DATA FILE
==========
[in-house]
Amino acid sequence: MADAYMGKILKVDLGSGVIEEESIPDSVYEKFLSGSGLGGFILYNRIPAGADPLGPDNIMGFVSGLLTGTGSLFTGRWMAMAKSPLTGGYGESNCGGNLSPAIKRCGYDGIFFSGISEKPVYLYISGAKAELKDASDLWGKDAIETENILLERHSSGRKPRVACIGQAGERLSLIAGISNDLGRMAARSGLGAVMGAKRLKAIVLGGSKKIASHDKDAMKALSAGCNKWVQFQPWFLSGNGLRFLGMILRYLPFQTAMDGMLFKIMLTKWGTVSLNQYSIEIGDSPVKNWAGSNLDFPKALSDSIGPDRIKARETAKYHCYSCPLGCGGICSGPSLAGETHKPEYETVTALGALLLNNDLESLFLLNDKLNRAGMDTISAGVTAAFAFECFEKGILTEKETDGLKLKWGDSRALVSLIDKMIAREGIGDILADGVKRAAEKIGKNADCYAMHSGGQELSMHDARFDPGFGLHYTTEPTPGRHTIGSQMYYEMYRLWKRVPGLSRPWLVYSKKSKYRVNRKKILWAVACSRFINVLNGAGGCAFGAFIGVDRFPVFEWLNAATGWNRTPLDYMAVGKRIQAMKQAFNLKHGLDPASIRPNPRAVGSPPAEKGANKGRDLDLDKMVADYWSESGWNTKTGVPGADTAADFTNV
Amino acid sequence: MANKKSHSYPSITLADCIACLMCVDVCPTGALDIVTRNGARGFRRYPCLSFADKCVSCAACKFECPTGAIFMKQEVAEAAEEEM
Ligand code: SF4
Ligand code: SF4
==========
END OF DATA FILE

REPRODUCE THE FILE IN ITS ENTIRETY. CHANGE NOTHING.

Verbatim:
[in-house]
Amino acid sequence: MADAYMGKILKVDLGSGVIEEESIPDSVYEKFLSGSGLGGFILYNRIPAGADPLGPDNIMGFVSGLLTGTGSLFTGRWMAMAKSPLTGGYGESNCGGNLSPAIKRCGYDGIFFSGISEKPVYLYISGAKAELKDASDLWGKDAIETENILLERHSSGRKPRVACIGQAGERLSLIAGISNDLGRMAARSGLGAVMGAKRLKAIVLGGSKKIASHDKDAMKALSAGCNKWVQFQPWFLSGNGLRFLGMILRYLPFQTAMDGMLFKIMLTKWGTVSLNQYSIEIGDSPVKNWAGSNLDFPKALSDSIGPDRIKARETAKYHCYSCPLGCGGICSGPSLAGETHKPEYETVTALGALLLNNDLESLFLLNDKLNRAGMDTISAGVTAAFAFECFEKGILTEKETDGLKLKWGDSRALVSLIDKMIAREGIGDILADGVKRAAEKIGKNADCYAMHSGGQELSMHDARFDPGFGLHYTTEPTPGRHTIGSQMYYEMYRLWKRVPGLSRPWLVYSKKSKYRVNRKKILWAVACSRFINVLNGAGGCAFGAFIGVDRFPVFEWLNAATGWNRTPLDYMAVGKRIQAMKQAFNLKHGLDPASIRPNPRAVGSPPAEKGANKGRDLDLDKMVADYWSESGWNTKTGVPGADTAADFTNV
Amino acid sequence: MANKKSHSYPSITLADCIACLMCVDVCPTGALDIVTRNGARGFRRYPCLSFADKCVSCAACKFECPTGAIFMKQEVAEAAEEEM
Ligand code: SF4
Ligand code: SF4